Wild child Bella Thorne is wreaking havoc on the Sundance Film Festival — the former Disney child star’s entourage was kicked out of her hotel in Park City, Utah, for smoking pot. A source tells us that Thorne and her entourage of four — including her boyfriend, long-haired stoner rapper Mod Sun — were removed from their room at the Park City Marriott after someone in the group was caught smoking marijuana.
Armie Hammer — who was arrested in Texas for pot possession in 2011 — acted as an unwitting weed dealer for co-stars on his newest film. “The first time I saw him, he gave me some weed,” Omari Hardwick, who co-stars in “Sorry To Bother You,” revealed at Sundance during a Vulture Spot panel. But director Boots Riley explained the ganja was no gift. “When I saw Armie the next time, he was like, ‘Hey have you seen Omari?
We’re told that the word around Park City, Utah, is that Tom Felton — “Harry Potter” movie baddie Draco Malfoy — is a surprise Sundance Film Festival stud. Sources tell us the Romeo of the Rockies was spotted arriving at Tao with a hot brunette on Saturday night. “They walked in holding hands,” said a spy.
Muck Rack makes it simple to find people, tweets, or articles that mention any name, keyword, company, hashtag etc. We've compiled this guide to help you make the most of your search.
Selecting a term
Start searching tweets, articles from media outlets, articles mentioned in tweets, journalists'
names, titles and bios with some suggested searches:
Companies or Topics (e.g. iPhone, Microsoft)
Phrases (e.g. "cloud computing") — use quotes to keep the terms together
Twitter handles (e.g. @username) — returns those who have mentioned or replied to
Names (e.g. "David Pogue")
Hashtags (e.g. #sxsw, #london2012)
Bio details (e.g. vegan, Olympics, father)
Muck Rack's Advanced Search allows for many boolean operators.
Find results that mention multiple specified terms, use AND or
+. For example, ensure each result contains both Elon Musk and Mark Zuckerberg by
searching Musk AND Zuckerberg or Musk + Zuckerberg.
Use the operators OR or , to broaden your search when you'd like either of
multiple terms to appear in results. (This is the default behavior of our search when no operators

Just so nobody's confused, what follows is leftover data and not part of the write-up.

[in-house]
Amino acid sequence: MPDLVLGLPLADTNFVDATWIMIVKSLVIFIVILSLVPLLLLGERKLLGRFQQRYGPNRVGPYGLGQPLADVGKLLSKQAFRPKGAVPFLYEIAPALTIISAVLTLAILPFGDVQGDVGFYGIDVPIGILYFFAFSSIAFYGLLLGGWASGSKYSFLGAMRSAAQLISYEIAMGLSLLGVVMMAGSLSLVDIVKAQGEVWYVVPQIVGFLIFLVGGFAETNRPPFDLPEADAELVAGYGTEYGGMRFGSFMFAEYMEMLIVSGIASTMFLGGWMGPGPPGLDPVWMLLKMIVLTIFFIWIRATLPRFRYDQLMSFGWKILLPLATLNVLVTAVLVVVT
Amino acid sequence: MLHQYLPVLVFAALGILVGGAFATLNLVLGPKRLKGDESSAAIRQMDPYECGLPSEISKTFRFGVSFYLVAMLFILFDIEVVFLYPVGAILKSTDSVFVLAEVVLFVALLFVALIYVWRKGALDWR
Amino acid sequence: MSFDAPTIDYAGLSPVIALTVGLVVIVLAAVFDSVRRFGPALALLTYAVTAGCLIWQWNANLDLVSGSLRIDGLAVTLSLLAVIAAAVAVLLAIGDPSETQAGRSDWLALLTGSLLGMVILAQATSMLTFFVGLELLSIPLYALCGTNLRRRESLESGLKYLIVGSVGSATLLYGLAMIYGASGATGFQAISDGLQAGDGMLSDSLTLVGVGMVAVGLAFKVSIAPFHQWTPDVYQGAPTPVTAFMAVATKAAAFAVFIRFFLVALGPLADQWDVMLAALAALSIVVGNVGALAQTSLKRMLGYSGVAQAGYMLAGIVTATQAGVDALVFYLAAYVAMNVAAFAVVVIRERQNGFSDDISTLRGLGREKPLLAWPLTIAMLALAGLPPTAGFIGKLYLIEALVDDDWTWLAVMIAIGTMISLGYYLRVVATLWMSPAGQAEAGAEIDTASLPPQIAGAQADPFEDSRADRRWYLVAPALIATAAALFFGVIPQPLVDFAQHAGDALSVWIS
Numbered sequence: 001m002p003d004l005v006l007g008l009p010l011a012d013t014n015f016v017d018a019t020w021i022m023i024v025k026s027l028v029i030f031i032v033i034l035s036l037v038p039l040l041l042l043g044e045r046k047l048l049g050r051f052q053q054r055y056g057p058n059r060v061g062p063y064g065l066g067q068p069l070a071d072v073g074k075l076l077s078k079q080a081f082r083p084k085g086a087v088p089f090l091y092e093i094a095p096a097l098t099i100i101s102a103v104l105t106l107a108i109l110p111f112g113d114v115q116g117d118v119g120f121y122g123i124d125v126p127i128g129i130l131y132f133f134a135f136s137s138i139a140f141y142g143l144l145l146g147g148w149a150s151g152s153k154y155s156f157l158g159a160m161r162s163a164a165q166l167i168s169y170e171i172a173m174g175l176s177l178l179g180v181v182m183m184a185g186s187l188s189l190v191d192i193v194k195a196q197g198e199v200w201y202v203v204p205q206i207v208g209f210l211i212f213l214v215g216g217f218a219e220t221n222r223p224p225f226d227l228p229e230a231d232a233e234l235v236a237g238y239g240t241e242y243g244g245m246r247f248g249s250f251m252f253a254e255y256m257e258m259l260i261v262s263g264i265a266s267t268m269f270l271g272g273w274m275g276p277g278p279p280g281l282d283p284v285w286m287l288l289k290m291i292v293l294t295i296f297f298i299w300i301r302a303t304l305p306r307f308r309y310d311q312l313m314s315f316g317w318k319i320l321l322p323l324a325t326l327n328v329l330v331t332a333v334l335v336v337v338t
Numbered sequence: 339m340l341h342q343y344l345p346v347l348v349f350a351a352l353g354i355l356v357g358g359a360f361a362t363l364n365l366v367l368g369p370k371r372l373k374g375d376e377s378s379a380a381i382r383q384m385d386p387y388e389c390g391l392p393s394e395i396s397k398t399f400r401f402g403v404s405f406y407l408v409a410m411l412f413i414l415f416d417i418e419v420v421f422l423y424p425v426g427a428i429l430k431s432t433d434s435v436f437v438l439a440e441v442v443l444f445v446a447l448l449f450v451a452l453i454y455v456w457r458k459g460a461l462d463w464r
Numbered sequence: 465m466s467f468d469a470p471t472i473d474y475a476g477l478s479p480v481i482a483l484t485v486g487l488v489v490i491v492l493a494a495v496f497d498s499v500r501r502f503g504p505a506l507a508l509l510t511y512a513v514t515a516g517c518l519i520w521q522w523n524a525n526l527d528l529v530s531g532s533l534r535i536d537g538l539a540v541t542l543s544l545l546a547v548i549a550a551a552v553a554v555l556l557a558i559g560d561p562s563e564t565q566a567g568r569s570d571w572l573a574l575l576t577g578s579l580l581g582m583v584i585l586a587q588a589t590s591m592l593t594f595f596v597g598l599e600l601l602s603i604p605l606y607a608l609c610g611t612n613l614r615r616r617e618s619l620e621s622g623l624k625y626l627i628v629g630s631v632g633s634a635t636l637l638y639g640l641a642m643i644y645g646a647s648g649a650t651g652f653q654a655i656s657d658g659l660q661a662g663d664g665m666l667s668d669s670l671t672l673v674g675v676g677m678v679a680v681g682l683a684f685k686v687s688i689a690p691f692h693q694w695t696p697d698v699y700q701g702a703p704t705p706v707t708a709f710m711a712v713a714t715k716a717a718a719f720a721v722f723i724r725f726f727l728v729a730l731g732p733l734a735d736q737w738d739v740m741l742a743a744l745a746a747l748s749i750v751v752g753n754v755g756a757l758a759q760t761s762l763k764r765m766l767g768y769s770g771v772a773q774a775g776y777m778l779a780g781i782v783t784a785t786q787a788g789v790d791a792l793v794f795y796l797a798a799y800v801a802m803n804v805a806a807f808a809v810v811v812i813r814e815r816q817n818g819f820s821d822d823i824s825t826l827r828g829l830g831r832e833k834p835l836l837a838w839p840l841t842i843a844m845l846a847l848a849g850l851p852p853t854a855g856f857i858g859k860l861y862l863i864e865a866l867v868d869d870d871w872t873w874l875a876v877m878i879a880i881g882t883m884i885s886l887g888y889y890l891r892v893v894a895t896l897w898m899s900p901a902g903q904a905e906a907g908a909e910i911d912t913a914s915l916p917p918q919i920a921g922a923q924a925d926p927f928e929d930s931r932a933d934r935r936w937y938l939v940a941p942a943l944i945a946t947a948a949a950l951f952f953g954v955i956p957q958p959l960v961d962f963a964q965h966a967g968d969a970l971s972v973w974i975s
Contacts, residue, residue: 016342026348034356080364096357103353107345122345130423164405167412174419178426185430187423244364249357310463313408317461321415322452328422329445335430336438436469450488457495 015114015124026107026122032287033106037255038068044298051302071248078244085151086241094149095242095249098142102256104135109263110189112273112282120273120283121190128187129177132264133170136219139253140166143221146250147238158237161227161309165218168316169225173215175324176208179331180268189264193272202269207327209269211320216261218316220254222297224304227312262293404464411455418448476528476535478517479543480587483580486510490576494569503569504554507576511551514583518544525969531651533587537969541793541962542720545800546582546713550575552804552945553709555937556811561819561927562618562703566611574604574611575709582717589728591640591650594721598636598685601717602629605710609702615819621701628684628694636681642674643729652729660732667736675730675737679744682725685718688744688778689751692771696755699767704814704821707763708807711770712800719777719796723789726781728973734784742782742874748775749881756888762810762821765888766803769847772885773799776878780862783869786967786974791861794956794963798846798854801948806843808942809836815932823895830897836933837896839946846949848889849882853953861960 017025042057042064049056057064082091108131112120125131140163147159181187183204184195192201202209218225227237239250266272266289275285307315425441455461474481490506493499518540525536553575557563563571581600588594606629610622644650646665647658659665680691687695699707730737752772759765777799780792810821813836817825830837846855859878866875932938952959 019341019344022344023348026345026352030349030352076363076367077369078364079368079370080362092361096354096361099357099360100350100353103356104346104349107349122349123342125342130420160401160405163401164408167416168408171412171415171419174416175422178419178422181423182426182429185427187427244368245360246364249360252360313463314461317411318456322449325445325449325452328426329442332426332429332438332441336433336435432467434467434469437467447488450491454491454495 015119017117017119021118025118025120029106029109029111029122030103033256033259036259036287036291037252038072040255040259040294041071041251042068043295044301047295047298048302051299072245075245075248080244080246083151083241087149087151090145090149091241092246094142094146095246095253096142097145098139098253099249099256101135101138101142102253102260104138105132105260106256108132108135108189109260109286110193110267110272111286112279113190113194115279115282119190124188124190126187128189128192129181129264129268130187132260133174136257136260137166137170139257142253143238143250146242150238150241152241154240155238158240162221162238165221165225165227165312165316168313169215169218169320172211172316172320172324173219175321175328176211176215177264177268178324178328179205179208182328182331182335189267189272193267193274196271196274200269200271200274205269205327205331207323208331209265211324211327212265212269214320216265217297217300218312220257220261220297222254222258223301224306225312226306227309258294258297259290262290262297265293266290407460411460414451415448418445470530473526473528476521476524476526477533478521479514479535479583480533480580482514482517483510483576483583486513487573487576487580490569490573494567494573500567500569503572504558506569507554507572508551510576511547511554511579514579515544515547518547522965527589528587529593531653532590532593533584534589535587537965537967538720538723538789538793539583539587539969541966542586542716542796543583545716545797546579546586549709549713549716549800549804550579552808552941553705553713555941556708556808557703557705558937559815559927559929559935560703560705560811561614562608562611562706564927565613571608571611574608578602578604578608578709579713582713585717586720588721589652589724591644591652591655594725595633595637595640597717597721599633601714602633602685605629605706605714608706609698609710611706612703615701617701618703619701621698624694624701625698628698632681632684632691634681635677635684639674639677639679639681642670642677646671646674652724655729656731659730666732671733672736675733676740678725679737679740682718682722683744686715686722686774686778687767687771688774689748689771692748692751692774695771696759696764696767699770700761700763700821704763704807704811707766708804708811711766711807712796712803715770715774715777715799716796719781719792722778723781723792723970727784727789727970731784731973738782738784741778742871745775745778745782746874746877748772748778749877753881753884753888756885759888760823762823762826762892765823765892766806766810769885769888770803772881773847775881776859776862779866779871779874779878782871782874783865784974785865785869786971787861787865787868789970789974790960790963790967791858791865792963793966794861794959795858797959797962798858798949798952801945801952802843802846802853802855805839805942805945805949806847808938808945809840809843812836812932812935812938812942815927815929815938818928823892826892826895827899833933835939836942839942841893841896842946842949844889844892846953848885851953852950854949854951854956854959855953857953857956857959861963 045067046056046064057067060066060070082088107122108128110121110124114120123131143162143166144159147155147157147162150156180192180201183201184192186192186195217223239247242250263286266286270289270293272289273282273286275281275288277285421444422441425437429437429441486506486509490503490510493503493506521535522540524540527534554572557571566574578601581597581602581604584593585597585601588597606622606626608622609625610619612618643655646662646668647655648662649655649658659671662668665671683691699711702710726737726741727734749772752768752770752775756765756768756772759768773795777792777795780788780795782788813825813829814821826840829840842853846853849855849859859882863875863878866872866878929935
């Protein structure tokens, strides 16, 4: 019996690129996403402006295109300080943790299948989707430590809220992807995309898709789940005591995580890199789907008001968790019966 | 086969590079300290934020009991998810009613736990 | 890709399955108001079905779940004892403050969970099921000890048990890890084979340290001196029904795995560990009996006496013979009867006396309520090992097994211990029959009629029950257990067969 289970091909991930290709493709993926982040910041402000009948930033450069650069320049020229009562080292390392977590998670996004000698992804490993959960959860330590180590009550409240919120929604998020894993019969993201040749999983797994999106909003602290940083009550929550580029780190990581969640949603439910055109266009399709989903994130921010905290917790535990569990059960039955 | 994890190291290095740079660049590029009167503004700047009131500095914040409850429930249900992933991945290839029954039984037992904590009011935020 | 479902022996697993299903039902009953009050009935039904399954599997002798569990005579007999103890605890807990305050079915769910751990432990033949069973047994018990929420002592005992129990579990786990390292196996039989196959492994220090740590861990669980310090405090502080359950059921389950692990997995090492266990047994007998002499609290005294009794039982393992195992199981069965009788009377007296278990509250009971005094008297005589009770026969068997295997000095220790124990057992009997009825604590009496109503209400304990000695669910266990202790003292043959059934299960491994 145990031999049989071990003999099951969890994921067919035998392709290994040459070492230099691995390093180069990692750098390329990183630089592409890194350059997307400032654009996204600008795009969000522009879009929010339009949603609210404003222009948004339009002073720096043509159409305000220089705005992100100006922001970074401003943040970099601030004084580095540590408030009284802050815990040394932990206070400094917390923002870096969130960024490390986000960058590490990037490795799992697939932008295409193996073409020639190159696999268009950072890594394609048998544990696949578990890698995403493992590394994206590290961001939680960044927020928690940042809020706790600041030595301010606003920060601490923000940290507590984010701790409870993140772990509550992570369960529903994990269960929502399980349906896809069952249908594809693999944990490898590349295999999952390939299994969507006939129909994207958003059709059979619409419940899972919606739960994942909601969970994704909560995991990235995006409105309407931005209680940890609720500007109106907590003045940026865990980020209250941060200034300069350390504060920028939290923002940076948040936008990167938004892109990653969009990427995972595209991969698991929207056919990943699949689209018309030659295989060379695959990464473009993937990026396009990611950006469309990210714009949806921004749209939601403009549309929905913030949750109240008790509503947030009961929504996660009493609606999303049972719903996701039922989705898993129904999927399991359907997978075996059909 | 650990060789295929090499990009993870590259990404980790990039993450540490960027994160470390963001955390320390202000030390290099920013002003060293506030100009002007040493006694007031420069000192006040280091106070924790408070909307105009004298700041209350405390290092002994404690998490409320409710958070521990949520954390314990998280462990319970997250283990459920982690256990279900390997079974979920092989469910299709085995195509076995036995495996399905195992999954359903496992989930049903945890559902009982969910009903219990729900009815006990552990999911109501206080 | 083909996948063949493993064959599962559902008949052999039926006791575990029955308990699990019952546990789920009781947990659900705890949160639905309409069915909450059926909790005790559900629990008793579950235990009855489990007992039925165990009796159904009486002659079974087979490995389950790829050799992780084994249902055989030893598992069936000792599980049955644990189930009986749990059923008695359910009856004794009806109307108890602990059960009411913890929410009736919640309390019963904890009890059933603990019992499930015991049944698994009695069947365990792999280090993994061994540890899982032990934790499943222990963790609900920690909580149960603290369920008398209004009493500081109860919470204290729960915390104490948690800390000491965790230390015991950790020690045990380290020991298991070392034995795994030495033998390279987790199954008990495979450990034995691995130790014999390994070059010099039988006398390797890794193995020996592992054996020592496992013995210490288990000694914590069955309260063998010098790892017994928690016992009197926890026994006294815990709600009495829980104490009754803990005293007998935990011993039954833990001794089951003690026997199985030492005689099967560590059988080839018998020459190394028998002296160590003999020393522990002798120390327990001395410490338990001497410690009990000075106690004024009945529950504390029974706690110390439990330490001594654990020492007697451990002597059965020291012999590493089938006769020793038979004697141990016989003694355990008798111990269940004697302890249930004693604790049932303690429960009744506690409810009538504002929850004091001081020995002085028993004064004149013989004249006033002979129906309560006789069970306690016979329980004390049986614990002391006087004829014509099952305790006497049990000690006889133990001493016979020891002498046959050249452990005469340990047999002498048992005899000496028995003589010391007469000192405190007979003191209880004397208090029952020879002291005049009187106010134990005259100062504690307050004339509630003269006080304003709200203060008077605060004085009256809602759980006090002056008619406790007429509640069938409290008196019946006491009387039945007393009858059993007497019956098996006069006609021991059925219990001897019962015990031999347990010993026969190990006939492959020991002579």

are used). For example, results will contain either cake or cookie by searching cake OR cookie or cake,cookie
Use NOT or - to subtract results from your search. For
example, searching Disney will yield results about the Walt Disney Company as well as Walt Disney
World Resort. To exclude mentions of Disney World, search for Disney -World or Disney
When using one of these operators with a phrase, enclose it in quotation marks. For example, you can
find results about smartphones excluding Apple's iPhone 4S by searching smartphone -"iPhone
Exact case matching or punctuation
If you're searching for a brand name or keyword that relies on specific punctuation marks or capitalization, you can
find results that match your exact query by adding matchcase: before the keyword you're searching for, like matchcase:E*TRADE .
Use parentheses to separate multiple
boolean phrases. For example, to find journalists talking about having fun in Disney World or
Disneyland, search for ("disney world" OR disneyland) AND fun.
An asterisk can be used to search for any variation of a root word truncated by the asterisk. For example, searching for admin* will return results for administrator, administration, administer, administered, etc.
A near operator is an AND operator where you can control the distance between the words. You can vary the distance the near operation uses by adding a forward slash and number (between 0-99) such as strawberries NEAR/10 "whipped cream", which means the strawberries must exist within 10 words of "whipped cream".